Contingent worker billings have dropped for the second consecutive month, a report from the Recruitment and Employment Confederation (REC) and KPMG has revealed. The blame for the drop was placed firmly on the government’s IR35 reform policy, with the extension of the rules for large- and medium-sized businesses due to be implemented on April 6.
The March Report on Jobs showed that demand for staff in general had expanded at the quickest rate for over a year. Placements of permanent employees rose at the quickest rate for fourteen months in February, which recruiters attributed to continued market confidence following December’s general election.
The increased confidence also led to more workers entering the job market, meaning that the measure of candidate supply – which has been in freefall – fell at the weakest rate since June 2013. Some recruiters mentioned that people are now more willing to seek out new roles.
Starting salaries for permanent staff continued to rise, and at a quicker pace than has been seen recently amid greater competition for candidates. However, the rate of increase of temporary and contract rates slowed to a forty-month low.
Recruiters also reported that the incoming IR35 reforms, known as the Off-Payroll rules, also contributed to a slower rate of decline in candidate numbers overall, as contractors pushed out of their existing roles made themselves available for both permanent and contract work.
Commenting on the latest survey results, Neil Carberry, Recruitment & Employment Confederation chief executive, said:
“It’s great to see how the state of the jobs market has improved in the past few months. Businesses are feeling positive, placement numbers are up, and the number of vacancies is now rising at the quickest pace for over a year. It shows just how important stability can be. With a little confidence about where the economy is heading, employers can make clear plans for hiring and put them into practice. Politicians must be careful to maintain that stability – whether that’s in negotiations with the EU, or making sure that the tax and skills policies in next week’s Budget work for business. This is even more important given the impact that coronavirus may have on the economy in the spring.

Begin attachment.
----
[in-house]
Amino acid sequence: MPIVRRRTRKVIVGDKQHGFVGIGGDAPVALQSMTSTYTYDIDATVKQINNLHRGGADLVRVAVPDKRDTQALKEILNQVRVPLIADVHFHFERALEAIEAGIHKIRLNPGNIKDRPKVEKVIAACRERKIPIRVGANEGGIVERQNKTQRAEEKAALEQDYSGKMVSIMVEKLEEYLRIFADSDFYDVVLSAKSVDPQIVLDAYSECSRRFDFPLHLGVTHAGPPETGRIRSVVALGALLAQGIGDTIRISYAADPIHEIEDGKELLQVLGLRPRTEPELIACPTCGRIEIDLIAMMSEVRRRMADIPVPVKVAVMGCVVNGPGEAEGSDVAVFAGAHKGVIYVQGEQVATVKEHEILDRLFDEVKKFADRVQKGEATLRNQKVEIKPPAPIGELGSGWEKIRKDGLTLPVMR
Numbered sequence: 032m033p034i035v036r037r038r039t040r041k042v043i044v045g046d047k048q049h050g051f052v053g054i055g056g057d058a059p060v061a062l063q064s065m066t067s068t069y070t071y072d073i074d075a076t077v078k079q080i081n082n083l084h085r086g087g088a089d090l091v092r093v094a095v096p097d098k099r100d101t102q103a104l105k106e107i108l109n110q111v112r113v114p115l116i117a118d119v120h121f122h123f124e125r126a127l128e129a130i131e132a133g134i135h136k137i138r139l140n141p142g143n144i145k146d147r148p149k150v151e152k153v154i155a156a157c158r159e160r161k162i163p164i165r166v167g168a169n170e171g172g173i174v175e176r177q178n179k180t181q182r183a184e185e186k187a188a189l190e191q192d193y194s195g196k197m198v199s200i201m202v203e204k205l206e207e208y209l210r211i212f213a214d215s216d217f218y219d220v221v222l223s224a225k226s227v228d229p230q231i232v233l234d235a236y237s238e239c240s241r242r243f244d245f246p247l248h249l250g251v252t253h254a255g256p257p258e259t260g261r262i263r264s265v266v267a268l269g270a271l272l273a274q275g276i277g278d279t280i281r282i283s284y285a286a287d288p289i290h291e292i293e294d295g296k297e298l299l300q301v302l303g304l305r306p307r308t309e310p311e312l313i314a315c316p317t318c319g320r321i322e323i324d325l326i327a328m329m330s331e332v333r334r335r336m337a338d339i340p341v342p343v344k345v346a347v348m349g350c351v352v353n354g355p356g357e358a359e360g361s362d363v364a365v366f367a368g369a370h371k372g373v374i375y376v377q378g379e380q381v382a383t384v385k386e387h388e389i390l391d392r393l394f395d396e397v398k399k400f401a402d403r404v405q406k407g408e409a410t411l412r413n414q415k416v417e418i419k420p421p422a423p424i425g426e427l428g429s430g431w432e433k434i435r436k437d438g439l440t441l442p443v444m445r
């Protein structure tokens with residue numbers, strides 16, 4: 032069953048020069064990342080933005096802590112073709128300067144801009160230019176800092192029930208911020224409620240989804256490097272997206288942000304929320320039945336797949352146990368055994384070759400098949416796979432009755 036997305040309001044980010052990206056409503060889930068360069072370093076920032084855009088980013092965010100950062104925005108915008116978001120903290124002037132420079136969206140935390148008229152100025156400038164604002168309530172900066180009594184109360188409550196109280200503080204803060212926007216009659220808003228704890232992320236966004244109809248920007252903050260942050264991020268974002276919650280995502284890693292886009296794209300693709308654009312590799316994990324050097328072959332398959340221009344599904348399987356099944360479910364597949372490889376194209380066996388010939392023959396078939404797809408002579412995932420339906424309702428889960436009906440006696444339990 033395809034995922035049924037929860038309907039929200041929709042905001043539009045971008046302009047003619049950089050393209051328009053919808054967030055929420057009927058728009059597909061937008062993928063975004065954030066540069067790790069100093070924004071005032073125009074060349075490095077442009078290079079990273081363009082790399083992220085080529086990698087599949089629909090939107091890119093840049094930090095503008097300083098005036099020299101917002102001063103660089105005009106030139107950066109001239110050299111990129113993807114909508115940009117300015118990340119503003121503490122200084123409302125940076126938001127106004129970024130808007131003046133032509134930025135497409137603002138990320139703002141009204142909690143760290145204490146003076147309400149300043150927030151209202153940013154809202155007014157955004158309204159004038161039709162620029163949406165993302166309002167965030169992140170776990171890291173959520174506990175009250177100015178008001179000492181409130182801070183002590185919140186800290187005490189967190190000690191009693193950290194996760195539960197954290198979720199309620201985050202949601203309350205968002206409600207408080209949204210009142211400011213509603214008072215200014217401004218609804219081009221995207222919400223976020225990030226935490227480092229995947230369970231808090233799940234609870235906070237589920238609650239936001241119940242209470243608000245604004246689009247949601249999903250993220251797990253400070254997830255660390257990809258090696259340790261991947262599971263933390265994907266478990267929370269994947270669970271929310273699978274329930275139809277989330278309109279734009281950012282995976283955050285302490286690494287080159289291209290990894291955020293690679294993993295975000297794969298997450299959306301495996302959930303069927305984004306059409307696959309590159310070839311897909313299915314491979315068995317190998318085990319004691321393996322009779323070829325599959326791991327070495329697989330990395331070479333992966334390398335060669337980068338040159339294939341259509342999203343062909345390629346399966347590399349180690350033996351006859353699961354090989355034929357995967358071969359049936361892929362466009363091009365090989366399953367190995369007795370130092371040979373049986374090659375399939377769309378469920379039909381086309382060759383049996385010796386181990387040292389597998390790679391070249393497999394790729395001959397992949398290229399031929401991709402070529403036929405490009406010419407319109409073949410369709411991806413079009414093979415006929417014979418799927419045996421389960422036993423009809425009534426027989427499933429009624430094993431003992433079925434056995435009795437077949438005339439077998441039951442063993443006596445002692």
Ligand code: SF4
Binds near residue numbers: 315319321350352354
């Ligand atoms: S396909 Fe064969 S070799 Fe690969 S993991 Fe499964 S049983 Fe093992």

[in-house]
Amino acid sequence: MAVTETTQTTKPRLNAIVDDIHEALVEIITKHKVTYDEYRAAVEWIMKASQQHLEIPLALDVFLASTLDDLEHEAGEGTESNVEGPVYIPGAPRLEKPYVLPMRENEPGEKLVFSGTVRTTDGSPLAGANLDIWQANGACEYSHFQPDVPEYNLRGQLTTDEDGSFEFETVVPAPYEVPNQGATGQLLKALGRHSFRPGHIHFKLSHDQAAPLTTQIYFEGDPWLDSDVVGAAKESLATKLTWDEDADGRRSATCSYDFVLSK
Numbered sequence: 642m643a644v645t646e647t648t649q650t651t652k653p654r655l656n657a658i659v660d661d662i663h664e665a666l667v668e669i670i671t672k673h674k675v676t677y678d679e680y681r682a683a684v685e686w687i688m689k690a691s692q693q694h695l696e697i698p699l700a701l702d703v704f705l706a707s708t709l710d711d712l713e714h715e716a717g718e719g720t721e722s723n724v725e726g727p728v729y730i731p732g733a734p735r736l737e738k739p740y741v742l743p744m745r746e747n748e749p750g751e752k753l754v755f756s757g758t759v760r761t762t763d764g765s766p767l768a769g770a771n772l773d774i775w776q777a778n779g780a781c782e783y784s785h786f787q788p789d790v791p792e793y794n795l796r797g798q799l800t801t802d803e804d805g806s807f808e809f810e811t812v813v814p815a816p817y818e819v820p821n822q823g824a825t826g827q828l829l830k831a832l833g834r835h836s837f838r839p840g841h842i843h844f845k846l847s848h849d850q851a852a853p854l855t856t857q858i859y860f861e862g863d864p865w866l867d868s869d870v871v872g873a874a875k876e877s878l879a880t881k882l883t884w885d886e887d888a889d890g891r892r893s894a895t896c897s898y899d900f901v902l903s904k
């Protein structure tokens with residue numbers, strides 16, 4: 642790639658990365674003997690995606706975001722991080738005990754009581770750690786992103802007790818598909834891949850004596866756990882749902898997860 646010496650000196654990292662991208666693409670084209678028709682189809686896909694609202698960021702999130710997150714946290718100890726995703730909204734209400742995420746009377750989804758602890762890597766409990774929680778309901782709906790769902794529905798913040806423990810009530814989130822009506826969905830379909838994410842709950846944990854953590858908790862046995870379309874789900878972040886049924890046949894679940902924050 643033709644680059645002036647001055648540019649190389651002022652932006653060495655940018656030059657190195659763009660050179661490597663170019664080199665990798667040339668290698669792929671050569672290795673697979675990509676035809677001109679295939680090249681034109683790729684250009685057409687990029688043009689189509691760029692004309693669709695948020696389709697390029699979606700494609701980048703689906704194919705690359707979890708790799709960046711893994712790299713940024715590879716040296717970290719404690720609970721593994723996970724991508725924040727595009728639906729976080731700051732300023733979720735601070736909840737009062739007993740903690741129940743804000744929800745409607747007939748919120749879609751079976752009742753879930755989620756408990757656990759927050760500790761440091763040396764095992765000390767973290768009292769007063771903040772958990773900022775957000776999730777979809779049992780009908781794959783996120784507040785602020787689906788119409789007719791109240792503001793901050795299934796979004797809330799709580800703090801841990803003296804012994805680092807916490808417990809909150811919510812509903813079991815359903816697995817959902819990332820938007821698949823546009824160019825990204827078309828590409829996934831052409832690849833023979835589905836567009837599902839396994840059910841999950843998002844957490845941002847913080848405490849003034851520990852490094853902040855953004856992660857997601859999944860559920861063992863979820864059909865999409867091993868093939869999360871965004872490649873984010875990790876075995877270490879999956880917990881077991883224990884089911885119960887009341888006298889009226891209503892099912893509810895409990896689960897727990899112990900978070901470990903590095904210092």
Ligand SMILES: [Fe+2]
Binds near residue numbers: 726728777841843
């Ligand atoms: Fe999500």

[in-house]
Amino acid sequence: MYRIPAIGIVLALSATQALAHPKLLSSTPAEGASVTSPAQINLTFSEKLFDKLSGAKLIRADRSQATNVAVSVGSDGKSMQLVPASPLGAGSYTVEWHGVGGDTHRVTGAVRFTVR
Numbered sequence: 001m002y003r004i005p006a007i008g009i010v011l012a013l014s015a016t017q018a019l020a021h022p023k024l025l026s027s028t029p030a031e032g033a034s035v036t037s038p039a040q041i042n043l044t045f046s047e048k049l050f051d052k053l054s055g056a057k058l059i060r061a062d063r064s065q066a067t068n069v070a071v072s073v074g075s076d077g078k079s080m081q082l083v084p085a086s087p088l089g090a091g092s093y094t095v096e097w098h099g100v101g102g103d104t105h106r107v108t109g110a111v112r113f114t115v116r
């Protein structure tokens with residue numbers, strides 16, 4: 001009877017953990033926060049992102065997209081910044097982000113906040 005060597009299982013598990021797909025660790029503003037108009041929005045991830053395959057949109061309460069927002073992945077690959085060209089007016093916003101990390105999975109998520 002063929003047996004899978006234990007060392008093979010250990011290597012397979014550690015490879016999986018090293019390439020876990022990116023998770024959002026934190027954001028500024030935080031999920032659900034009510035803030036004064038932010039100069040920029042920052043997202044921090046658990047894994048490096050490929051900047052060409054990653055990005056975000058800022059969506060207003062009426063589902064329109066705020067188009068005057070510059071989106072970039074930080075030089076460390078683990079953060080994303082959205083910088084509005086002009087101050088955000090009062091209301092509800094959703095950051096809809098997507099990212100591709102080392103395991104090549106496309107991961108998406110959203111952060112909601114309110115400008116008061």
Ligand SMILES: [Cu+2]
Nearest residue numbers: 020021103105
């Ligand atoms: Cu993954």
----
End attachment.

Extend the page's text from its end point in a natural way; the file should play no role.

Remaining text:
“The stark outlier in this data is the much slower performance of the temporary market. With less than a month to go until the IR35 changes kick in, we’re hearing about more and more companies putting a blanket ban on hiring contractors – and we now see this influencing the availability of flexible workers too. The government urgently needs to stop and think about how to make these changes more effective. They should start by delaying implementation in order to properly regulate umbrella companies.”
James Stewart, vice chair at KPMG, said: “the upturn in the UK jobs market remains steady, evidenced by a further rise in the number of people placed into permanent job roles and at the quickest rate in 14 months.
“However, looking ahead, the current big unknown is the impact and influence the coronavirus may have on market confidence, let alone the lingering uncertainty around the actual Brexit deal.
“Businesses will be hoping that next week’s Budget provides some relief and investment to help get the UK back on the path to growth.”
6th March 2020.